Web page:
Where BI fits into your Data Strategy
Traditional data techniques have been based on business intelligence (BI), but the advent of predictive and prescriptive analytics platforms, due in part to machine learning and artificial intelligence, is shaking things up. Also, business intelligence is changing, with features that were traditionally only available on business analytics platforms. Analysts and consultants believe that knowing the differences between business intelligence and other analytics tools and the value each brings to the organization is critical to developing an effective data strategy.
Here, we will look at where business intelligence fits into the current analytics landscape and how business analytics is changing as tools, strategies, and staff requirements change.
Business Intelligence vs. Business Analytics: What’s the difference?
In the widest sense, analytics refers to any technology-enabled problem-solving activity. Experts classify analytics into four groups on a scale of one to four, with descriptive and diagnostic analytics on the lower end of the scale and predictive and prescriptive analytics on the higher end. When starting an analytics system, most companies start with BI, which is part of the descriptive process. Business intelligence is the method of transforming data into actionable intelligence that helps an organization make strategic and tactical decisions. It’s what makes it possible for a company to collect, analyse, and present data.
It’s all about the data, according to Beverly Wright, executive director of Georgia Tech’s Scheller College of Business’s Business Analytics Centre. It isn’t attempting to do something other than telling a story about what the data is showing us. While some business people can associate BI with analytics, Wright says data professionals differentiate between the two. Some define BI as providing insight into what has occurred, while others describe analytics, especially advanced analytics, as predicting what will occur in various future scenarios.
Business Intelligence for Business Use
BI uses more organized data from conventional business platforms, such as enterprise resource planning (ERP) or financial software systems, to provide views into previous financial transactions or other past activities in areas like operations and supply chain management. According to analysts, BI’s importance to companies today stems from its ability to provide insight into such areas and business tasks as legal reconciliation.
According to Wright, BI tools, like many other parts of the business technology stack have developed to become much more intuitive and user-friendly. She describes that in the past, companies used data scientists to use these systems to create dashboards. They’re now completely automated. As a result, companies can more effectively implement data systems that enable non-technical business owners to use BI tools to generate reports and obtain much of the information they need without involving data professionals in day-to-day operations. Analysts believe that this alone qualifies BI technologies as critical business tools.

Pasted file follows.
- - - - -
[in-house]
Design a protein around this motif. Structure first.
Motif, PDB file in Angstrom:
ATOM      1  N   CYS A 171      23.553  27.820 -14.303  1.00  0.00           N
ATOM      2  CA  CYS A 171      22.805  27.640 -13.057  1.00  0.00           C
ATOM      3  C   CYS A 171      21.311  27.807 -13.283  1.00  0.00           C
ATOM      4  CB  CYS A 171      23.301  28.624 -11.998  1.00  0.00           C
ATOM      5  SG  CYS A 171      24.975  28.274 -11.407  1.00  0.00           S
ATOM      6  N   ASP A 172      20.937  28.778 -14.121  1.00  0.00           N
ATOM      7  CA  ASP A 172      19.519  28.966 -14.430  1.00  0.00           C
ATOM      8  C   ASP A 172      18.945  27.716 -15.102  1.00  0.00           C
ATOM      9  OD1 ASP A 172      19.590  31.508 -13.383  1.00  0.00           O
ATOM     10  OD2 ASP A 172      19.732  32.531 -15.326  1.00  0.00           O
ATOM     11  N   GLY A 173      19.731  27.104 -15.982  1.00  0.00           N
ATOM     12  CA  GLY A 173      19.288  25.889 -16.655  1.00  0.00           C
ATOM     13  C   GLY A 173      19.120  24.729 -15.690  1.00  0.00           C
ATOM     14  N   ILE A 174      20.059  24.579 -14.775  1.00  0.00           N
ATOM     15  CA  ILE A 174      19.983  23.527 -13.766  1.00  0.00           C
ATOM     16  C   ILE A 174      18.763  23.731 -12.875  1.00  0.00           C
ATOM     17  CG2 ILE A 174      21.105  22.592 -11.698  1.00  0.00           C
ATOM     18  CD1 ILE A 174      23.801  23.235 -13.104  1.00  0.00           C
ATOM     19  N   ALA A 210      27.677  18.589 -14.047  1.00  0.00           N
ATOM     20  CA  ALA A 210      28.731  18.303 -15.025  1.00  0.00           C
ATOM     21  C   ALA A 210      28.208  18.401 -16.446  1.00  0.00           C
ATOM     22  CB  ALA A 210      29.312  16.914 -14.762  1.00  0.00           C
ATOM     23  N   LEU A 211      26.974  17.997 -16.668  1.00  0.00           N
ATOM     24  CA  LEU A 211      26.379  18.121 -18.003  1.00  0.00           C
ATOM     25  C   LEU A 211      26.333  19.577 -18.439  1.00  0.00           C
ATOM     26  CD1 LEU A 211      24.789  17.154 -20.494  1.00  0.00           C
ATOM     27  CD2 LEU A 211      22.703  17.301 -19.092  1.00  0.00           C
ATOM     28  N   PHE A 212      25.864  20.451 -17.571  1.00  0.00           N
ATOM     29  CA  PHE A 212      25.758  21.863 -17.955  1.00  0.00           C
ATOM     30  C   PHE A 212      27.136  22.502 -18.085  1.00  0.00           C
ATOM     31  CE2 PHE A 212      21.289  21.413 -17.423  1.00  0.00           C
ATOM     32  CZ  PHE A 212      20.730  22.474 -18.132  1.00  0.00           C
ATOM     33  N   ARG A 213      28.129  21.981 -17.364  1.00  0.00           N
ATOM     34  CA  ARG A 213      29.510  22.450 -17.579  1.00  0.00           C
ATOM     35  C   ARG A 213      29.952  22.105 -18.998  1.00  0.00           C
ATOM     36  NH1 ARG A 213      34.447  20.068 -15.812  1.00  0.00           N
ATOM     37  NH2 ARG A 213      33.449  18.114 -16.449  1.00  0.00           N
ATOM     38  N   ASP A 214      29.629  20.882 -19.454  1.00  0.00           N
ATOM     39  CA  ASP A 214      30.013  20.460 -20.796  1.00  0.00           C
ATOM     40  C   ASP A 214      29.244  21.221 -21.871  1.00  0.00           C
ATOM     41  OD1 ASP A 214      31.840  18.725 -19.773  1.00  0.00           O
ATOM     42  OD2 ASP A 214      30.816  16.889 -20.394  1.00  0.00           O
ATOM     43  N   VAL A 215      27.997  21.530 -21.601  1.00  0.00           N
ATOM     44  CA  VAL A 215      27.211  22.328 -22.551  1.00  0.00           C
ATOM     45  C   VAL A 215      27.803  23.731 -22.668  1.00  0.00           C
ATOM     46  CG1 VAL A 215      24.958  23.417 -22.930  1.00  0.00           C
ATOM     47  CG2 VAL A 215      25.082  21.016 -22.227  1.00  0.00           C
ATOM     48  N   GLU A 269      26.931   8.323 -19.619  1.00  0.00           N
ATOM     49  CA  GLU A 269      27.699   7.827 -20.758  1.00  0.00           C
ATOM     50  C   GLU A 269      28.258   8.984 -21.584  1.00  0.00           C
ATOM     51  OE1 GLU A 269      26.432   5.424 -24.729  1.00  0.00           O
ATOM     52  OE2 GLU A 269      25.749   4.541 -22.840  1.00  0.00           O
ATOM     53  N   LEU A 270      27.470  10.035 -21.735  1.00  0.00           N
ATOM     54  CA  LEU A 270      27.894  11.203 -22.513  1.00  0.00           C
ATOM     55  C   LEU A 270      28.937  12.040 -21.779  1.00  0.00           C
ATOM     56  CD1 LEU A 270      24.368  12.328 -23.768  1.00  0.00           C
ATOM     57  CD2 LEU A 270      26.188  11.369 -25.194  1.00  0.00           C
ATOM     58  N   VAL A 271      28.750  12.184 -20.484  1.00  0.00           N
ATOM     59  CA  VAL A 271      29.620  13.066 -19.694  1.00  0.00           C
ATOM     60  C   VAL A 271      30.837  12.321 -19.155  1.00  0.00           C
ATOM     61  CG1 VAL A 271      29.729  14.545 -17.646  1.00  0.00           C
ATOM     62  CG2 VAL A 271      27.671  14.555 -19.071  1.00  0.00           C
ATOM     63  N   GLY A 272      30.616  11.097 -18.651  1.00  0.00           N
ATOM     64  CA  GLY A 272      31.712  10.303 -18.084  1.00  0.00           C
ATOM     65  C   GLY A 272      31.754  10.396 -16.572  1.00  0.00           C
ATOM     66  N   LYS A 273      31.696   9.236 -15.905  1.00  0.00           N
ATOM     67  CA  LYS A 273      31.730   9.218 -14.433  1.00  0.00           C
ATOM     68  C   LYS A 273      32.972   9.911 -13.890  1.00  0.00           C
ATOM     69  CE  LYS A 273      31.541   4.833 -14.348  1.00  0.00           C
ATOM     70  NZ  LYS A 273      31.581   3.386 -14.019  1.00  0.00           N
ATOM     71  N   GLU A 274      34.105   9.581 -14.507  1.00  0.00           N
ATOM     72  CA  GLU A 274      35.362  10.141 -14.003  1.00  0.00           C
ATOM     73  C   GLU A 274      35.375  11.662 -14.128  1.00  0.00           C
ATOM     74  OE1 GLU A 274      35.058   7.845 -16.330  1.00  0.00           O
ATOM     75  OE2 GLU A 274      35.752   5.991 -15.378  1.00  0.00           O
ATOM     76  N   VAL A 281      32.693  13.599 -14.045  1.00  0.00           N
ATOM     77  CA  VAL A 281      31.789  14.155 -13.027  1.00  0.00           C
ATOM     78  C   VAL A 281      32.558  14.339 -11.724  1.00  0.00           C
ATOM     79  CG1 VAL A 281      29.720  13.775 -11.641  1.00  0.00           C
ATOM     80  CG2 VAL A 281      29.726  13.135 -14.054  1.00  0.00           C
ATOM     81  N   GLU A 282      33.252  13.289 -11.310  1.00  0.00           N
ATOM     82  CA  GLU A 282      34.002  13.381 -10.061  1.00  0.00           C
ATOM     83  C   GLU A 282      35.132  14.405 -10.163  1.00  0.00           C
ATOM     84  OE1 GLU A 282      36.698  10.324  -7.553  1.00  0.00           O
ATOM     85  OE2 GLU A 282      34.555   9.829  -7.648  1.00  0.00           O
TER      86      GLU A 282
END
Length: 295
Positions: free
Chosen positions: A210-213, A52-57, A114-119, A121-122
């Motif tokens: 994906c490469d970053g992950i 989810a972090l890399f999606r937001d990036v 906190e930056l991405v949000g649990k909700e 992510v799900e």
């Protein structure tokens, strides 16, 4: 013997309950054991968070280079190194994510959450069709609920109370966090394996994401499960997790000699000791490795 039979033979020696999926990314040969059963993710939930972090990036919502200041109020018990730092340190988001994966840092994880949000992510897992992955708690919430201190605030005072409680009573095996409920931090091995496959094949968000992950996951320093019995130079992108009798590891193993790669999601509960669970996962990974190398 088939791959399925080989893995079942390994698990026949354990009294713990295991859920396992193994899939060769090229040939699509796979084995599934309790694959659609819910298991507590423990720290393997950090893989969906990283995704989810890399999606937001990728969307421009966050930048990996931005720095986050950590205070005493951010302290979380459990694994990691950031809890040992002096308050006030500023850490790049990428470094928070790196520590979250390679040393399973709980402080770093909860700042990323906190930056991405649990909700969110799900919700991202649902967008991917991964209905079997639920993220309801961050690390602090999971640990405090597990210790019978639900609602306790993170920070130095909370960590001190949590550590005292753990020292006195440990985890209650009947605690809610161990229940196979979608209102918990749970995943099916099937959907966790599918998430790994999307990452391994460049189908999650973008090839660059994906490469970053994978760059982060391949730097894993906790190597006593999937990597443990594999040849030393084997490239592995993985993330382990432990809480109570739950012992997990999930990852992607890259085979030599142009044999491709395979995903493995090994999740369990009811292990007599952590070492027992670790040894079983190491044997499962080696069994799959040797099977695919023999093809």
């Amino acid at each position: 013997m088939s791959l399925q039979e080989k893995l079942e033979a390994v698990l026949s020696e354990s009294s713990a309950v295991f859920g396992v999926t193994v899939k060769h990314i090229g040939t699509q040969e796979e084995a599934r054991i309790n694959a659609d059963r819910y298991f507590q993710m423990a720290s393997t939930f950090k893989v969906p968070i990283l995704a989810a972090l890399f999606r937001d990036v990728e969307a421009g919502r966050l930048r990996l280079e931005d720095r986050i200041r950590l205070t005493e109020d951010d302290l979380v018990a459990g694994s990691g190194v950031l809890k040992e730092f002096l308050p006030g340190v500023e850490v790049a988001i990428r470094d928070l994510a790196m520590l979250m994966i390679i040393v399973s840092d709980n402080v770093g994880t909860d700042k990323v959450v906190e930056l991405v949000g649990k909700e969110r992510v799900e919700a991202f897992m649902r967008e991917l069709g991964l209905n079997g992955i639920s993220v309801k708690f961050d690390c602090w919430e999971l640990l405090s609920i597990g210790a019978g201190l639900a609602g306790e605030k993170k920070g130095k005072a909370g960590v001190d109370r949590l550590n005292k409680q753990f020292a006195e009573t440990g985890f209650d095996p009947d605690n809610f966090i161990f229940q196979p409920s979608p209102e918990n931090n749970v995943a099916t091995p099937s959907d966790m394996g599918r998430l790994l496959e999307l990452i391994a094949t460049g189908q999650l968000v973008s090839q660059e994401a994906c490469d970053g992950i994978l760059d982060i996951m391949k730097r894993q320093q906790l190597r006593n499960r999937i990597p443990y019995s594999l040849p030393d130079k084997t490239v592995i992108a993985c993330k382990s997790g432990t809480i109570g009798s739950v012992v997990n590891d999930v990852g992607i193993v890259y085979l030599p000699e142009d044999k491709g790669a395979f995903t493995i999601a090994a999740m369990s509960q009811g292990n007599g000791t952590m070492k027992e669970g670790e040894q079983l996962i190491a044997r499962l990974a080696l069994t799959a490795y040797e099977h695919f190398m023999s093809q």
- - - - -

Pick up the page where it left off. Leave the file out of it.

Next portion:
BI as a Gateway to Business Analytics
While reporting solutions and other BI tools have a position in the enterprise, analysts claim they have limited capabilities. Bain & Co., a multinational management consulting company, estimates that more than half of companies use at least three separate analytics providers to produce performance reports in its 2017 study Six IT Design Rules for Digital Transformation.
BI tools don’t offer the kind of in-depth data analysis that can lead to new market opportunities and development. According to John Myers, a senior analyst in business intelligence, “BI is not driving sales and innovation.” Enterprise Management Associates employs intelligence. Even though Myers reports that 20% of US businesses are already at the BI level, he believes that most companies do not want to stop using analytics, and attempts are being made there. Users can begin by looking at sales data and then want that data is calculated by state or product, according to Myers. Then they’ll like to see their top 10 customers from the previous year, as well as their common characteristics, and forecast which customers will be in the top 10 in the coming year based on that detail.
BI as the Future
While data professionals continue to play important roles in advanced analytics, such as modeling, Myers says their participation varies depending on the business case. To detect possible credit card fraud, for instance, advanced analytics systems rely on unmonitored models rather than data scientists querying the systems. Organizations generally buy off-the-shelf BI products as well as commercial advanced analytics products, Myers adds, but they tend to have their own data professionals build the machine learning and AI capabilities they need because there’s not a set of packages on the market; the products just aren’t there.
Many BI tools, according to Brahm, are bringing in more and better data signals to generate more reliable, informative reports that blur the boundaries between BI and more advanced analytics. He believes that these new technologies are assisting users in making better decisions by answering questions about how to maximize and optimize the business, such as who the company can target, what promotions are available, and which ones are available to whom.
Technology organizations are more advanced in their implementation of advanced analytics capabilities, such as machine learning and AI, and are more likely to have done so already. If you find more about how BI is helping to transform businesses, contact us.